Taking Garfield Tea keeps the system
clean, the blood pure and the general
health good. Buy from your druggist.
Even a little trial Is a big one if youI
have no others.
CALIFORNIA FIG SYRUP
on evertg Pacfitage of' 'te Gen
DO NOT LET ANY DEA
SYRUP OF FICS AND ELIXIR OF SENNA HA
UNIVERSAL.SATISFACTEON FOR MORE THAN THIR1
PAST, AND ITS WONDERFUL SUCCESS HAS
SCRUPUL.OUS MANUFACTURERS OF IMiTATIONS1I
INFERIOR PREPARATIONS UNDER SIMILAR NAl
COSTING THE DEALER LESSa THEREFORE, WHEN
NotedtfeMfName ofthe Gomp
PRINTED STRAiGHT ACROSS,NHEAR THE BOTTOM
THE CIRCLE,NEAR THE TOP OF EVERY PACKCAG
CENUiNE. REGULAR PRICE 50. PER BOTTLE, 4
ONLY, FOR SALE BY ALL LEADING DRUGG
MND BILIOUSNESS DUE TO CONSTIPA1
EFfCS IT IS NECESSARY TO BUY 1I
WHICH I$ MANUPFAI
')POHfN MUDWOAL COOaO
Mungou's Cold RemedRelieves tli
ead, tiae S d ate.
be ooeQtali 1aj abd pains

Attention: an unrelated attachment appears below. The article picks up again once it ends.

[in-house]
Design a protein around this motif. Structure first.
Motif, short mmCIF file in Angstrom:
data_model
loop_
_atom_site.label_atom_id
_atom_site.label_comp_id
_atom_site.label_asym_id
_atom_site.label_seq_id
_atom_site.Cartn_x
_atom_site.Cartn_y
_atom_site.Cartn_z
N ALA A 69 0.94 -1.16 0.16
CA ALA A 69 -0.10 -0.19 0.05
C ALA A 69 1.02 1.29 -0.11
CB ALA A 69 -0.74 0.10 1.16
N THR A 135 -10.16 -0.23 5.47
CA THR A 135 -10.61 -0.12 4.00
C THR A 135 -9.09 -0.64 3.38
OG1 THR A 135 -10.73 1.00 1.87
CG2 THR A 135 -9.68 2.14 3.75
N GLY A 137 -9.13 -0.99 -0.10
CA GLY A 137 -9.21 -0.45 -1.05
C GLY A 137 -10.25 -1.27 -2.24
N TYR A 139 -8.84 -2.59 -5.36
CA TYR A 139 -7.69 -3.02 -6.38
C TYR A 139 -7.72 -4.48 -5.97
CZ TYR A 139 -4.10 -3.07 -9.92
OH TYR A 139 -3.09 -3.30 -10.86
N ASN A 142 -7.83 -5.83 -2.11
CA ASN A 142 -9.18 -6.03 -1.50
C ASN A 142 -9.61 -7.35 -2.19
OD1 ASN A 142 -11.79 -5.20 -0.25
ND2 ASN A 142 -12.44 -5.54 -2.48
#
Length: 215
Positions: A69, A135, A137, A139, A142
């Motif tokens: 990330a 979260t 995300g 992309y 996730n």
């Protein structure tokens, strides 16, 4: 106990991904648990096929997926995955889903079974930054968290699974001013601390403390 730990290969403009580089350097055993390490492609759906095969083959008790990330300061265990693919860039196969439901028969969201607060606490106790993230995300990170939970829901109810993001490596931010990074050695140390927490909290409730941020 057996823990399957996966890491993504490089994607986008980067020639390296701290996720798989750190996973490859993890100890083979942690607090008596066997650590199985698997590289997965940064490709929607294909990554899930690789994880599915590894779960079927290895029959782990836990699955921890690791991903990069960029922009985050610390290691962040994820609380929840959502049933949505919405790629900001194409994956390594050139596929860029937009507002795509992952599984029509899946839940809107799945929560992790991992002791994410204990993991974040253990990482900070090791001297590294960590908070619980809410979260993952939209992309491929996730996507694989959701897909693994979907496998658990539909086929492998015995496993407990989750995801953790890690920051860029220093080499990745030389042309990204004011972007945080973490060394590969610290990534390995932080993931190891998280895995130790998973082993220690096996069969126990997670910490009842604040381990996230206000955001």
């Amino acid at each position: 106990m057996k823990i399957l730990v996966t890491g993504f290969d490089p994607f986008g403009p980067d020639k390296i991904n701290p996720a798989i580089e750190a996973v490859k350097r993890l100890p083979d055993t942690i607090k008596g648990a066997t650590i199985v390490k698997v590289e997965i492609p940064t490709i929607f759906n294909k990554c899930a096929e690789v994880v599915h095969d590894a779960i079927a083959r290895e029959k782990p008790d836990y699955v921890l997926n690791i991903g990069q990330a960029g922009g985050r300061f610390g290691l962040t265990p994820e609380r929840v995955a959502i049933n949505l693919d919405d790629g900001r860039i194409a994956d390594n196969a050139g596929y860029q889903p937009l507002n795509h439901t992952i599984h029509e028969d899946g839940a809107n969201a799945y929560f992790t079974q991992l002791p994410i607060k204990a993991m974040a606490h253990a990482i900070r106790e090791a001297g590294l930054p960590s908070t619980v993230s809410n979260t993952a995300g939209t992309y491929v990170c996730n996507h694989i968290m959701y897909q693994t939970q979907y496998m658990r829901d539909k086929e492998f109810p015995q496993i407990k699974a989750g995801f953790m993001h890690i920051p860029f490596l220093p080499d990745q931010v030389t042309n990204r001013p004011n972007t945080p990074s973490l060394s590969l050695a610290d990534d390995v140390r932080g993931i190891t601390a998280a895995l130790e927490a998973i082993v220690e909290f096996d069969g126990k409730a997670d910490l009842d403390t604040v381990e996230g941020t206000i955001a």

aused by e an ob
tinate Coughs and pryvnts tuonia.
Vtie IProf b unyon mdcadJes
trf 1fno., 56rd and J fforbom
tts., Phila., Va., fo wmdical adyAcao
"A good turkey dinner and mince
le," said Simeon Ford, "always puts
s in a lethargic mood-makes us feel,
i fact, like the nativets of Nola
"In Nola Chucky one day I said to
"'What is the principal occupation
r this town?'
"'Wall, boss,' the man answered,
awning, 'in winter they mostly sets
n the east side of the houpe and fol
rs the sun around to the west, and
i summer they sets on the wqst side
nid follers the shado around to the
No Doctor for Forty Years.
Forty years' residence in the coun
ry near Etna with never a doctor
ummoned on a professional visit at
is home is record of E. 11. Hamilton,
'he has nevertheless raised a large
"There were times during the last